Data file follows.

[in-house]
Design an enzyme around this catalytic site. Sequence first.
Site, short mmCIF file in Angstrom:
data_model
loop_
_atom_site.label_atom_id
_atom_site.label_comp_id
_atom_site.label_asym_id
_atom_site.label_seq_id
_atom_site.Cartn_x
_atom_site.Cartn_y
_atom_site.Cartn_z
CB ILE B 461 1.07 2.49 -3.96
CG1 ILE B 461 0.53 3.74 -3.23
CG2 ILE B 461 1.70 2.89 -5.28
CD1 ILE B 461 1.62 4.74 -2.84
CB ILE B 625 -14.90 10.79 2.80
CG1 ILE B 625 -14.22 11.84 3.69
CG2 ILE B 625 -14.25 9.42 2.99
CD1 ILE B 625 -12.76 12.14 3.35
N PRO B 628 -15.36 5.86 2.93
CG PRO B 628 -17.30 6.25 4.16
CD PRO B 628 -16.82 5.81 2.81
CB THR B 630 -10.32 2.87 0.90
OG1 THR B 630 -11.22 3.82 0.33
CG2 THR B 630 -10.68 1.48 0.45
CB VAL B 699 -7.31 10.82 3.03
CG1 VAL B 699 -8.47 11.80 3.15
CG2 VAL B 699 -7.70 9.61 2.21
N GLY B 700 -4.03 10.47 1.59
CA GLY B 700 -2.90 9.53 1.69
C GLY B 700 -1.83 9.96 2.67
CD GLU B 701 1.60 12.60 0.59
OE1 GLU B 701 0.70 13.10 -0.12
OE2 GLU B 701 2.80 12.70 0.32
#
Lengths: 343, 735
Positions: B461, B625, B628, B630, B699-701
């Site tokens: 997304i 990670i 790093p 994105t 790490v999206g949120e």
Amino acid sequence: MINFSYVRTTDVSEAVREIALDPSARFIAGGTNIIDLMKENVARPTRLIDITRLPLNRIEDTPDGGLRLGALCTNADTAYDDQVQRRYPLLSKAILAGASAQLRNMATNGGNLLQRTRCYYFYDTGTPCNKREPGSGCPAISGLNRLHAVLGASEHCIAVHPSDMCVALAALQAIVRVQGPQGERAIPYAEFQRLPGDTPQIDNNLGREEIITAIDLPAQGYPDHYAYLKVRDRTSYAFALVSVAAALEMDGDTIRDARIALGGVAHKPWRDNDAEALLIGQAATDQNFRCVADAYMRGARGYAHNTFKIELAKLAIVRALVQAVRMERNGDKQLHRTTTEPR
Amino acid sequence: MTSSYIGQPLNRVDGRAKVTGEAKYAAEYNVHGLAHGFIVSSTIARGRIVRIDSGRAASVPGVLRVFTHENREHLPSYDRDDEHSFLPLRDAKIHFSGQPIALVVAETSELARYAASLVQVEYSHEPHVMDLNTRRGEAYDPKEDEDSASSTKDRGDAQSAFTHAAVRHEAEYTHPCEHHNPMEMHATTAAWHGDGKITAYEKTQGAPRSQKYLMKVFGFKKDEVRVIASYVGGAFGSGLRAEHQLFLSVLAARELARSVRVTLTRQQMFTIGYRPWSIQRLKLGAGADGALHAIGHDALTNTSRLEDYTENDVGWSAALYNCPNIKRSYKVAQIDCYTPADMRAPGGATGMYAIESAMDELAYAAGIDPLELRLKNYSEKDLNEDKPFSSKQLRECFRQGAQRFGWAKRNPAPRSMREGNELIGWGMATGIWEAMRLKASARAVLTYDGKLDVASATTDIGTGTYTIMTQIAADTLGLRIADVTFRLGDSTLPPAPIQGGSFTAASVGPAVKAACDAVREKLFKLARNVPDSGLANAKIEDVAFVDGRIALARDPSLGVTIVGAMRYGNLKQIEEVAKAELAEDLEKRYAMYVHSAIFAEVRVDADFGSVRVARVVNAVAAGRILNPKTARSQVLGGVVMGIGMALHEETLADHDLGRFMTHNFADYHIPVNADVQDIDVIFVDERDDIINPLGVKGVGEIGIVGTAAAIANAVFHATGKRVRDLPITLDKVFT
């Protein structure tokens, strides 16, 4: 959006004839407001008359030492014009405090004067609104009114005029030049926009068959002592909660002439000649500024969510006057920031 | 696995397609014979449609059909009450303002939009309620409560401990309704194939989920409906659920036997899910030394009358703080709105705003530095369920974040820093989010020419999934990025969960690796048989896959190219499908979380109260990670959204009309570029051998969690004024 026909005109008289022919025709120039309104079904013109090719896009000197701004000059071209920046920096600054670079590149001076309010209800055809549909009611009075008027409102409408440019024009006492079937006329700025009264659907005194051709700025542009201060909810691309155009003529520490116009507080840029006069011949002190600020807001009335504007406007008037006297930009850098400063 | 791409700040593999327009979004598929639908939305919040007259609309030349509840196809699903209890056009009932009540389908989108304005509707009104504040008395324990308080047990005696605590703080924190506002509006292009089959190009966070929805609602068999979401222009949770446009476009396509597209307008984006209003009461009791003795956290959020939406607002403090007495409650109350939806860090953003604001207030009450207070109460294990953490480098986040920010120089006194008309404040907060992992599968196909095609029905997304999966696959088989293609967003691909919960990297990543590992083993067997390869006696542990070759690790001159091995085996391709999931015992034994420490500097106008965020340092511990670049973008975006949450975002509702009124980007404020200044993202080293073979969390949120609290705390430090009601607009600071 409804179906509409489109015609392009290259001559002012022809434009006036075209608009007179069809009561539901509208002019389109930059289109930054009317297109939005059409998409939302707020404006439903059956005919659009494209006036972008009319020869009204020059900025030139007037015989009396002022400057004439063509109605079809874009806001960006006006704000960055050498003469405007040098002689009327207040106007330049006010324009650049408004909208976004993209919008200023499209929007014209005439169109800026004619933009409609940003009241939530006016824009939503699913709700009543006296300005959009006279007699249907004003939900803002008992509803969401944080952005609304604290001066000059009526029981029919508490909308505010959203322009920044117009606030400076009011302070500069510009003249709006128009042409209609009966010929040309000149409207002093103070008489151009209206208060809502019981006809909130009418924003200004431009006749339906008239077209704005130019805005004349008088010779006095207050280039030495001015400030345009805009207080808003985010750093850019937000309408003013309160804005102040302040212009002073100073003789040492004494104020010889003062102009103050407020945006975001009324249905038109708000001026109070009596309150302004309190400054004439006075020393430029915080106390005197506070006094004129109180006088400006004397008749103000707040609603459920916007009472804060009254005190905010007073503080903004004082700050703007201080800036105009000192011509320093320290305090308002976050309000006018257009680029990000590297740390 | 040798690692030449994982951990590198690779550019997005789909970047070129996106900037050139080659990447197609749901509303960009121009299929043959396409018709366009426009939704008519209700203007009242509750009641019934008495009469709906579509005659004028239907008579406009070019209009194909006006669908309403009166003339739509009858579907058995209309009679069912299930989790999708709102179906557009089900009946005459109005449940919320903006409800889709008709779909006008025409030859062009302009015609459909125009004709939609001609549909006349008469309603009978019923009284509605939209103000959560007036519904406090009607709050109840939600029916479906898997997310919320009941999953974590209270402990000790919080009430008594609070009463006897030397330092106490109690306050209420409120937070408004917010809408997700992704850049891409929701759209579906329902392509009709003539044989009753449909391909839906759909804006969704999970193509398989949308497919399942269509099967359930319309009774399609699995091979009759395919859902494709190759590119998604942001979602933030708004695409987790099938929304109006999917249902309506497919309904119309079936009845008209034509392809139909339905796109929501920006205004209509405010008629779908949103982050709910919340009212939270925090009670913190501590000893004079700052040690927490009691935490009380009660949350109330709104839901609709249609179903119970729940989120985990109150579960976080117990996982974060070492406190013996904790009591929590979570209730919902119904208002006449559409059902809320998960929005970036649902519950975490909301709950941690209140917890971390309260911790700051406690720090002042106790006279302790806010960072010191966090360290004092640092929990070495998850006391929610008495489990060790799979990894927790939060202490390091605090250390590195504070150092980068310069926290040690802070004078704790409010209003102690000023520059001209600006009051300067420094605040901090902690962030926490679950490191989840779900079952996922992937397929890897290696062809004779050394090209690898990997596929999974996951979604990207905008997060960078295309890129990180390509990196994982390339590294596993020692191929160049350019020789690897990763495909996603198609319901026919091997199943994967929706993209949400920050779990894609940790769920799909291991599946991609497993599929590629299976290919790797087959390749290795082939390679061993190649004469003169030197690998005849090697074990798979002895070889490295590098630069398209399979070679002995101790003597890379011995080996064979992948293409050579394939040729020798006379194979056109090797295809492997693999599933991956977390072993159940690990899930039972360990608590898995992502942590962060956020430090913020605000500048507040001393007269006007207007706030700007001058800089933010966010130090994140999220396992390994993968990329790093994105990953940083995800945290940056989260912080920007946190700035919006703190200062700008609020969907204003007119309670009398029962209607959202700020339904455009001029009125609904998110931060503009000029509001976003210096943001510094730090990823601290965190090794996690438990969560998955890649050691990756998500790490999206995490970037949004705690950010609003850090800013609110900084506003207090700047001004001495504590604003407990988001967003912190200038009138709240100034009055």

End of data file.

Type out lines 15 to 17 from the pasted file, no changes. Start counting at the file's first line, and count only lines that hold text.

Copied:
CG2 ILE B 461 1.70 2.89 -5.28
CD1 ILE B 461 1.62 4.74 -2.84
CB ILE B 625 -14.90 10.79 2.80